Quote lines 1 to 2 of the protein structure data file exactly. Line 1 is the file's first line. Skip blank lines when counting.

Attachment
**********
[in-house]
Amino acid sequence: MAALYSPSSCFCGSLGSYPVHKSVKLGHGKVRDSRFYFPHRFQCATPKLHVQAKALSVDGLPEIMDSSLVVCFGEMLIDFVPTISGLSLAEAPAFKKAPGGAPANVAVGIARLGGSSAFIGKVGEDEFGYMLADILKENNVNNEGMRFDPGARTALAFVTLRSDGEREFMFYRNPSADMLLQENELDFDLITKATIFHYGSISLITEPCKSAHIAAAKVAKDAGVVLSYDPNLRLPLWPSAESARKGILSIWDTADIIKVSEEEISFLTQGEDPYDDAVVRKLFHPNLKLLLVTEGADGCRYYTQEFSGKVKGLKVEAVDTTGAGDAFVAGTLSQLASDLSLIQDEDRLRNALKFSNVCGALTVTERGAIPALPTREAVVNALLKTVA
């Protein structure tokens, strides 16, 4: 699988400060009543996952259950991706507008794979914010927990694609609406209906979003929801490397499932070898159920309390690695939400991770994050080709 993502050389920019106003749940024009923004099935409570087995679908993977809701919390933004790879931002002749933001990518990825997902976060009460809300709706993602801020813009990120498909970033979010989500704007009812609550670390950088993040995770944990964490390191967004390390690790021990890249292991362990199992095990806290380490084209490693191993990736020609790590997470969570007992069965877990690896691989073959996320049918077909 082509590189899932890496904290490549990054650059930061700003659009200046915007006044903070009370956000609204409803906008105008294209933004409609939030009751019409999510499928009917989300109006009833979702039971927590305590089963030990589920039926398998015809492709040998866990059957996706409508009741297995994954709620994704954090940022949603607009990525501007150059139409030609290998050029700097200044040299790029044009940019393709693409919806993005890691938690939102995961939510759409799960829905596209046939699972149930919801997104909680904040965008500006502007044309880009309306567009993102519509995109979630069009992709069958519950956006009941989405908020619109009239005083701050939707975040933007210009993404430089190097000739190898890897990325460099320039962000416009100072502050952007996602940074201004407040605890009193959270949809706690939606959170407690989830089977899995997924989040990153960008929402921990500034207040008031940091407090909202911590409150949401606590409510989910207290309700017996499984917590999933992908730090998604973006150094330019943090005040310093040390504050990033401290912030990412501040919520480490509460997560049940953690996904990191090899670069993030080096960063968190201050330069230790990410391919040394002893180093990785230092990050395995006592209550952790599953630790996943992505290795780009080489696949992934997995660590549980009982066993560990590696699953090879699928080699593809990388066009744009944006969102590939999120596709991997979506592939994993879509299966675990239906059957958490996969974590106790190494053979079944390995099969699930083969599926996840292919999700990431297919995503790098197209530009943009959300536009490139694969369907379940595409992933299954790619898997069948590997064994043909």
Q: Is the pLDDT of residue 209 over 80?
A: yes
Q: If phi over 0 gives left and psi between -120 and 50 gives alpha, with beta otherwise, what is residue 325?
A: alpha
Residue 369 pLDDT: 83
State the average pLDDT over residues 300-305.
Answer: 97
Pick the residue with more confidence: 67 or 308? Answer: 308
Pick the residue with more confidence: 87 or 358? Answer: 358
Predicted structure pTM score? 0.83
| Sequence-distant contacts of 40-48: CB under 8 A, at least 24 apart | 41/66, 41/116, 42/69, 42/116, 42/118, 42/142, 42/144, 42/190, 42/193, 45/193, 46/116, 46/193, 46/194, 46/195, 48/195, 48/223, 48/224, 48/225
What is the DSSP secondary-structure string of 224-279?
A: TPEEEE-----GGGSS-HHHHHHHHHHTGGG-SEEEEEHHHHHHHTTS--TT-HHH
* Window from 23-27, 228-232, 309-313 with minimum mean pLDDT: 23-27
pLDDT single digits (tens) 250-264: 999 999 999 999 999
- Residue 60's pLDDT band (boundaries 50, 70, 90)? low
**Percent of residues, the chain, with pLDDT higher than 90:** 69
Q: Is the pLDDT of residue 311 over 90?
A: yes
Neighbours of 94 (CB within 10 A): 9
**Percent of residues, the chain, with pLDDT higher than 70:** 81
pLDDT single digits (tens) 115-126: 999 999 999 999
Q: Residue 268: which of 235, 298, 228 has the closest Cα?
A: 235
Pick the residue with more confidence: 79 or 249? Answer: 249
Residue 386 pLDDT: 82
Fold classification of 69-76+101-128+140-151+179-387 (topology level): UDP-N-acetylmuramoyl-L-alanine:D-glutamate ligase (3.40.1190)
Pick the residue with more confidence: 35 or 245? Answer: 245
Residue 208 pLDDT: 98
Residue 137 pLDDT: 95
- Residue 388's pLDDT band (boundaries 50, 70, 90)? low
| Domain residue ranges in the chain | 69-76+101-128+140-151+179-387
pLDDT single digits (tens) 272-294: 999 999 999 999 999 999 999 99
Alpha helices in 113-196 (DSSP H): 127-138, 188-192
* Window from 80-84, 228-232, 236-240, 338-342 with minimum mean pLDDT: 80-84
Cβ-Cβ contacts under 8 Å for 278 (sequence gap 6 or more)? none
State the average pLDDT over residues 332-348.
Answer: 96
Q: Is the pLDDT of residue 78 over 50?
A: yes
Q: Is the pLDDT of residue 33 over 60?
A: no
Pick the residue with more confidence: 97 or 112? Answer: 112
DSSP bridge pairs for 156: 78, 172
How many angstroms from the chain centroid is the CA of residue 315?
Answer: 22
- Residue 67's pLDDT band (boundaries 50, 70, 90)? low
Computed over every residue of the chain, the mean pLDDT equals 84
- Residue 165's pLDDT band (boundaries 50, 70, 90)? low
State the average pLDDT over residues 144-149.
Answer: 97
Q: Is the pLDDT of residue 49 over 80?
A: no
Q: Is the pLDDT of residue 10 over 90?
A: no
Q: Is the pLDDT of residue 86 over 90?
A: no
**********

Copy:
[in-house]
Amino acid sequence: MAALYSPSSCFCGSLGSYPVHKSVKLGHGKVRDSRFYFPHRFQCATPKLHVQAKALSVDGLPEIMDSSLVVCFGEMLIDFVPTISGLSLAEAPAFKKAPGGAPANVAVGIARLGGSSAFIGKVGEDEFGYMLADILKENNVNNEGMRFDPGARTALAFVTLRSDGEREFMFYRNPSADMLLQENELDFDLITKATIFHYGSISLITEPCKSAHIAAAKVAKDAGVVLSYDPNLRLPLWPSAESARKGILSIWDTADIIKVSEEEISFLTQGEDPYDDAVVRKLFHPNLKLLLVTEGADGCRYYTQEFSGKVKGLKVEAVDTTGAGDAFVAGTLSQLASDLSLIQDEDRLRNALKFSNVCGALTVTERGAIPALPTREAVVNALLKTVA